It's popular in some circles to link concerns about climate change with nefarious schemes to destroy capitalism and enslave free people in the cold and dark.
But even the most conspiratorial of skeptic has to respect a warning from Robert Fri.
Fri is a former director of the Electric Power Research Institute, the R&D arm of the electricity-generating industry, and American Electric Power Co., one of the nation's biggest consumers of coal and producers of carbon dioxide.
Fri was also one of the first leaders of the Environmental Protection Agency under President Richard Nixon and has been a director of the National Museum of Natural History.
He has no conceivable motive for undermining capitalism or hurting coal or any other fuel or industry.
What he said this week about taking action in response to climate change was this: "We really need to get started right away. It's not opinion; it's what the science tells us."
Fri, chairman of one of three National Academy of Sciences committees that studied climate change, also said: "The country needs both a prompt and a sustained commitment to reducing greenhouse gas emissions."
Made up of the nation's top scientists, the National Academy is charged with advising the government on scientific matters.
In a series of reports released this week (available at www.national academies.org), the academy says that multiple lines of evidence make a compelling case that climate change is occurring. The scientists say climate change is caused, in large part, by human activities and poses significant risks to humans and natural systems, some of which are already occurring.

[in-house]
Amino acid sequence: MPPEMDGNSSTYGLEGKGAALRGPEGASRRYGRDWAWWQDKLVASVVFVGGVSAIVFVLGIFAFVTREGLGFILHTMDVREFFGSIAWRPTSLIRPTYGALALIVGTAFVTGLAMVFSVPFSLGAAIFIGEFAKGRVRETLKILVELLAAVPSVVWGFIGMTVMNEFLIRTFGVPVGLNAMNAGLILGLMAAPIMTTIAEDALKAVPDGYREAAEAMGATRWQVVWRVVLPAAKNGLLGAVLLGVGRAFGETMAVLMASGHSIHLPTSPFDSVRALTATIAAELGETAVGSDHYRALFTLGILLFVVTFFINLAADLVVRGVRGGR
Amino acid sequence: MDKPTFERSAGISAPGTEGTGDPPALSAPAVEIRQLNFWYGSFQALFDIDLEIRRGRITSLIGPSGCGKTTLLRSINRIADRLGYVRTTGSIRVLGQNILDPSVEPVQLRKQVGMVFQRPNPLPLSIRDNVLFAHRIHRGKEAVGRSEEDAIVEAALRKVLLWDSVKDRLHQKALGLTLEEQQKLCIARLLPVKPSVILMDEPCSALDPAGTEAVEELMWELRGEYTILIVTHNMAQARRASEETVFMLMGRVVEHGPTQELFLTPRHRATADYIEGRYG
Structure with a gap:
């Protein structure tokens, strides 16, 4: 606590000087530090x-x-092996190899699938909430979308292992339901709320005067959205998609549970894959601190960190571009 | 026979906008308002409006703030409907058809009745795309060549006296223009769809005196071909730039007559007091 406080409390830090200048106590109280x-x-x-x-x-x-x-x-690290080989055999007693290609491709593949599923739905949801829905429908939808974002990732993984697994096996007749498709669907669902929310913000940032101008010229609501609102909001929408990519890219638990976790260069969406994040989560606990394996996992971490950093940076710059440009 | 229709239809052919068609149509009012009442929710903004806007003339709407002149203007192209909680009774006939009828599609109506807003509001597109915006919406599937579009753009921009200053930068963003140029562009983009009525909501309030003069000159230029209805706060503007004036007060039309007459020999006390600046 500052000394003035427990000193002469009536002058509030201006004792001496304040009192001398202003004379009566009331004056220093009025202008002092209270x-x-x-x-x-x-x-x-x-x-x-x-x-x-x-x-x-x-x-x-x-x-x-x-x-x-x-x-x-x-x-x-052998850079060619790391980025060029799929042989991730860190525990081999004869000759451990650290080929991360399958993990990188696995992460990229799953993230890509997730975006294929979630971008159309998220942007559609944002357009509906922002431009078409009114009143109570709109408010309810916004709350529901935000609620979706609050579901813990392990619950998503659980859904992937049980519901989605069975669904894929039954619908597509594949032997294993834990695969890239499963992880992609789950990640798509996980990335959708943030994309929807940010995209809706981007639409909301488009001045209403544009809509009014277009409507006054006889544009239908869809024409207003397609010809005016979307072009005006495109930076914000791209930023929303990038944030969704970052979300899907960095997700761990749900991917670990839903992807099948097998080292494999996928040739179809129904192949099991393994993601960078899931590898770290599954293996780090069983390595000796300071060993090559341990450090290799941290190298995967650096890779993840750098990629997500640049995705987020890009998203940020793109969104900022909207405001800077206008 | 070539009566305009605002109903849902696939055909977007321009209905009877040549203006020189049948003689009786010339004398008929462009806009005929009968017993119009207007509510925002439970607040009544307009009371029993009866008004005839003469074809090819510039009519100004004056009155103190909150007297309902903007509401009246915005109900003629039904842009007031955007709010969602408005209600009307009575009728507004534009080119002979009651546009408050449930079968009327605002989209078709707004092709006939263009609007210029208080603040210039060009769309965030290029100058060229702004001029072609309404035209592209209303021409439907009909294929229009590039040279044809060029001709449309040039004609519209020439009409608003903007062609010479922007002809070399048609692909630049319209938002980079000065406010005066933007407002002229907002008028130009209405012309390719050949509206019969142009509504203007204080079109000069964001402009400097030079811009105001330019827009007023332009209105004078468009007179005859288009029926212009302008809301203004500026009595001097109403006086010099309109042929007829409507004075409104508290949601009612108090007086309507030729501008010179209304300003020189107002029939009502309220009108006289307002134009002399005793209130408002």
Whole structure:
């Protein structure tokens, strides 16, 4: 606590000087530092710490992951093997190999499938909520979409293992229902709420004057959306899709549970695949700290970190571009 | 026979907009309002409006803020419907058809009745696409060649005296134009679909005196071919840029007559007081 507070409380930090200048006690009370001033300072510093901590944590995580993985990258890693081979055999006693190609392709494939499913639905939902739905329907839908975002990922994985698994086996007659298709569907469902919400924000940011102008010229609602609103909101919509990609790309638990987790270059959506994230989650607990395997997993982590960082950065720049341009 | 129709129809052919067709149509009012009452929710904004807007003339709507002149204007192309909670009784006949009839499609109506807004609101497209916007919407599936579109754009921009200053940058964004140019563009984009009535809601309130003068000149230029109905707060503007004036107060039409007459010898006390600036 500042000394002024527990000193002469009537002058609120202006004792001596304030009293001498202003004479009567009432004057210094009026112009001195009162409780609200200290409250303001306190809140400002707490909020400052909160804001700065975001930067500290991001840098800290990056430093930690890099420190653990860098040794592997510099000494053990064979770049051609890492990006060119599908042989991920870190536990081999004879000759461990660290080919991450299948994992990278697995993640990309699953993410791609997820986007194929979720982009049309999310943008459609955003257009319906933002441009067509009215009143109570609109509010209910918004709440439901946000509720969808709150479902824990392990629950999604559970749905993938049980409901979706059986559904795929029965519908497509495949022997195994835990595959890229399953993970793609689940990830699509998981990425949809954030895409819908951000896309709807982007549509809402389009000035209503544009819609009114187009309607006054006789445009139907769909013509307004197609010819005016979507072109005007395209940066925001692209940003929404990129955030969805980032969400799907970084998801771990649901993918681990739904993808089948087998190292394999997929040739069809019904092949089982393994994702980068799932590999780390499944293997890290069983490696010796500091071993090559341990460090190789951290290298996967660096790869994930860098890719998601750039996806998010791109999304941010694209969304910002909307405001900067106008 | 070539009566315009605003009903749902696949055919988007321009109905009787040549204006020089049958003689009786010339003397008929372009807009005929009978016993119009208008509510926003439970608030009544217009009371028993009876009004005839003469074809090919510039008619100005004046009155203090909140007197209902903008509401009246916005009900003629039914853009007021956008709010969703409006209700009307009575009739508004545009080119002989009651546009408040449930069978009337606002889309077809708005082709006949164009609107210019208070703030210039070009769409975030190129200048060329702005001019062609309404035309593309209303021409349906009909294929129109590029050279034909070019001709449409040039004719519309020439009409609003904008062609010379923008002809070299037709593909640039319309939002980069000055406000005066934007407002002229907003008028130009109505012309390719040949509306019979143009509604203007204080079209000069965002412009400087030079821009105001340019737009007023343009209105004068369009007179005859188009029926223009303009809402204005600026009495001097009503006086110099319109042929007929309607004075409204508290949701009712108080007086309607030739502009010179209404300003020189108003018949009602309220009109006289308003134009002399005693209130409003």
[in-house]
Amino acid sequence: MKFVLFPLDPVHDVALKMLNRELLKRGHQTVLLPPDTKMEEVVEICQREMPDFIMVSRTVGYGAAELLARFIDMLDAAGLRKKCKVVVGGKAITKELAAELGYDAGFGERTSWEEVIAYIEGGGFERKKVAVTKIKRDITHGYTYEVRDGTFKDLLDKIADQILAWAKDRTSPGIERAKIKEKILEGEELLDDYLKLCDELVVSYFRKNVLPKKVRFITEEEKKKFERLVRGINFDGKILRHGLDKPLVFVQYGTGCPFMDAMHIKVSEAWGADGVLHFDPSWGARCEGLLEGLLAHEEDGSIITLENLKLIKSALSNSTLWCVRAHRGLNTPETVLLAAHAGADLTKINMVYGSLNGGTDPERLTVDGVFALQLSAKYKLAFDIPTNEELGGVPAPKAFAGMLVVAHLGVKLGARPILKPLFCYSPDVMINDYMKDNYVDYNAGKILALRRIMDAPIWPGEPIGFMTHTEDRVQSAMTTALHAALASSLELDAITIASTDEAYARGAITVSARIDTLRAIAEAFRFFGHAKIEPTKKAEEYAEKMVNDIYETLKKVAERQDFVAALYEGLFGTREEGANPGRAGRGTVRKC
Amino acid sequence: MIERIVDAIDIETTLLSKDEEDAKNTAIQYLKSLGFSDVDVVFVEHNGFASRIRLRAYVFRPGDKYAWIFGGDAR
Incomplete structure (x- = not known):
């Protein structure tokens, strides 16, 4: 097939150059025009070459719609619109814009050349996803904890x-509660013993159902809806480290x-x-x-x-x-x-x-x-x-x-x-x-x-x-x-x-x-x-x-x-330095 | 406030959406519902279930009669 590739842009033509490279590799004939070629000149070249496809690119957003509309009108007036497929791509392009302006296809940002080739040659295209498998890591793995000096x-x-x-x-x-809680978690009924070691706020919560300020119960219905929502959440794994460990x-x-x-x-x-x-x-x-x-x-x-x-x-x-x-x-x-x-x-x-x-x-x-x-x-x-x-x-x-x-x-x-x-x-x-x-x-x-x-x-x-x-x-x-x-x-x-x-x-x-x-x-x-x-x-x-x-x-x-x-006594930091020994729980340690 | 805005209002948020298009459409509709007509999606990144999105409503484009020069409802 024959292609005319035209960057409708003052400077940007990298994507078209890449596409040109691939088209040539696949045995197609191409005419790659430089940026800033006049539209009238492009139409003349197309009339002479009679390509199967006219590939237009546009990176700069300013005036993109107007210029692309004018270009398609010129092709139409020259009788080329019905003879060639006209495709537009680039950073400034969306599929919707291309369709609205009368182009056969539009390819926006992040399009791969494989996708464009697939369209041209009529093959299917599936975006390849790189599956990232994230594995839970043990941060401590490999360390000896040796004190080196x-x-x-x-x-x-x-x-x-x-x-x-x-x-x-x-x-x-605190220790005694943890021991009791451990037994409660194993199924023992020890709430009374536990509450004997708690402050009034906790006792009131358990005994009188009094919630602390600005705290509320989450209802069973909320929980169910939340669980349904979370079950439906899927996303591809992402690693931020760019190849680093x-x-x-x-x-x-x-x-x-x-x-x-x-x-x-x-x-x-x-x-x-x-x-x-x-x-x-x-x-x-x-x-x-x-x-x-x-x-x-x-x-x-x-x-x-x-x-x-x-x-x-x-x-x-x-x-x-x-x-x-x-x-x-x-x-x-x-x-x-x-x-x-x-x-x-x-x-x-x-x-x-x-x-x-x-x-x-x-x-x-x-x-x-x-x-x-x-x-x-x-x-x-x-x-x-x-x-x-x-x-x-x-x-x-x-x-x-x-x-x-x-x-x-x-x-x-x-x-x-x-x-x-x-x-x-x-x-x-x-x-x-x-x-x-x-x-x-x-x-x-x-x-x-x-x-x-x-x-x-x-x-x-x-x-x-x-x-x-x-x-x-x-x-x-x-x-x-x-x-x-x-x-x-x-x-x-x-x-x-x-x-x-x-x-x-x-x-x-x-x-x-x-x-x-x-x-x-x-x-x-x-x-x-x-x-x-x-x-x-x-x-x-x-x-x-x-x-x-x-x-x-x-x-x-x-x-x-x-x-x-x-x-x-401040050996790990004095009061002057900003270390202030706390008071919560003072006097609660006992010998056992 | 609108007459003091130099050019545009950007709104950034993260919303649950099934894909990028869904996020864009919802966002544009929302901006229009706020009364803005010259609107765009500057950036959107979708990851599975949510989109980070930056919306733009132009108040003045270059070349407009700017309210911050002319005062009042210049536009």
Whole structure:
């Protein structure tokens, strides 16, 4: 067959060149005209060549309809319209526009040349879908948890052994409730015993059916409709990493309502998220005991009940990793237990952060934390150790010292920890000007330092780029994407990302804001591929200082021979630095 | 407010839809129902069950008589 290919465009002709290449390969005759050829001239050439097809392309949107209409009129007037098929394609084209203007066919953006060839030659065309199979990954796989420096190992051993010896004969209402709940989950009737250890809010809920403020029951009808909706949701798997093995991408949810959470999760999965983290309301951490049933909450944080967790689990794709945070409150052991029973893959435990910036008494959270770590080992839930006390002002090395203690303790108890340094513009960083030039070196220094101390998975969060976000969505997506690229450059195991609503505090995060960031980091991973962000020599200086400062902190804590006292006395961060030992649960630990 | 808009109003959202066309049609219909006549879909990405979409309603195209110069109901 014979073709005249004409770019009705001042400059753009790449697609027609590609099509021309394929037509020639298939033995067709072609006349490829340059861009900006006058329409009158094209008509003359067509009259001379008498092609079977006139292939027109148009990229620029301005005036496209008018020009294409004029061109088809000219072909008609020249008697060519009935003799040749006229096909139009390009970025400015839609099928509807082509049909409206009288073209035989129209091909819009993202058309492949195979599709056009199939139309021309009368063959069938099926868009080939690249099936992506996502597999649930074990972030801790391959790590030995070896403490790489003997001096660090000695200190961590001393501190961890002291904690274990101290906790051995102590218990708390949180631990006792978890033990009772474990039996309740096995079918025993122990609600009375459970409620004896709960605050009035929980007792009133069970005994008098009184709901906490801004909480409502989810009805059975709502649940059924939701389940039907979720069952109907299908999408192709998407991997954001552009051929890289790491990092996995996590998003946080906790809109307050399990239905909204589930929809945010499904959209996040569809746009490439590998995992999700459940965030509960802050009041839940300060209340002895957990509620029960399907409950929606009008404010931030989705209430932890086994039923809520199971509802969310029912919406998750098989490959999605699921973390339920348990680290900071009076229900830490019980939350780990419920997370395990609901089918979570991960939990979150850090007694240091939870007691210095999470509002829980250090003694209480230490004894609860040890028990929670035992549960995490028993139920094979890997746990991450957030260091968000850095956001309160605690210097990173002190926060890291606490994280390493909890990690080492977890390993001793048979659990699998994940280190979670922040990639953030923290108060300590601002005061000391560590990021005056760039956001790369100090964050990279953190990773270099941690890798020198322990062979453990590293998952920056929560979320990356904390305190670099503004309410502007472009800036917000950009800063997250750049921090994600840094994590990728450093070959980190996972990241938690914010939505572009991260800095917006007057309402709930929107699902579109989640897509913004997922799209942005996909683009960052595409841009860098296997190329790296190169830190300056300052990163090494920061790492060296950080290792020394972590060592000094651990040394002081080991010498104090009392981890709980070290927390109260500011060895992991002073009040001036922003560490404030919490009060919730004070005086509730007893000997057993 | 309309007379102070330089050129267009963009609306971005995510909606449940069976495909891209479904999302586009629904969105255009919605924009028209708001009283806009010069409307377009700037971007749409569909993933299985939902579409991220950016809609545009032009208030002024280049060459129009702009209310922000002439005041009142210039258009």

Their warning coincides with new reports from both the National Oceanic and Atmospheric Administration and NASA that 2009 was the warmest year worldwide in human history. The most effective way to reduce greenhouse gas emissions, the National Academy says, is to increase the cost of burning coal and oil.
The House last year approved an energy bill that would do just that through a market-based cap-and-trade system, the sort of system that has already been used to reduce other power plant emissions. The House bill also provides incentives for developing cleaner energy — including from coal — and protecting consumers from the effects of rising energy bills.
A similar bill was recently introduced in the Senate.
A Rasmussen poll last month found that 41 percent of Kentuckians opposed a major energy bill aimed at reducing global warming; 34 percent favored it and 25 percent were unsure.
The science on climate change is still changing, and scientists must keep expanding their understanding of its causes and effects.
But climate change is a real threat to our future well-being — and the longer we wait to act decisively, the bigger the threat becomes.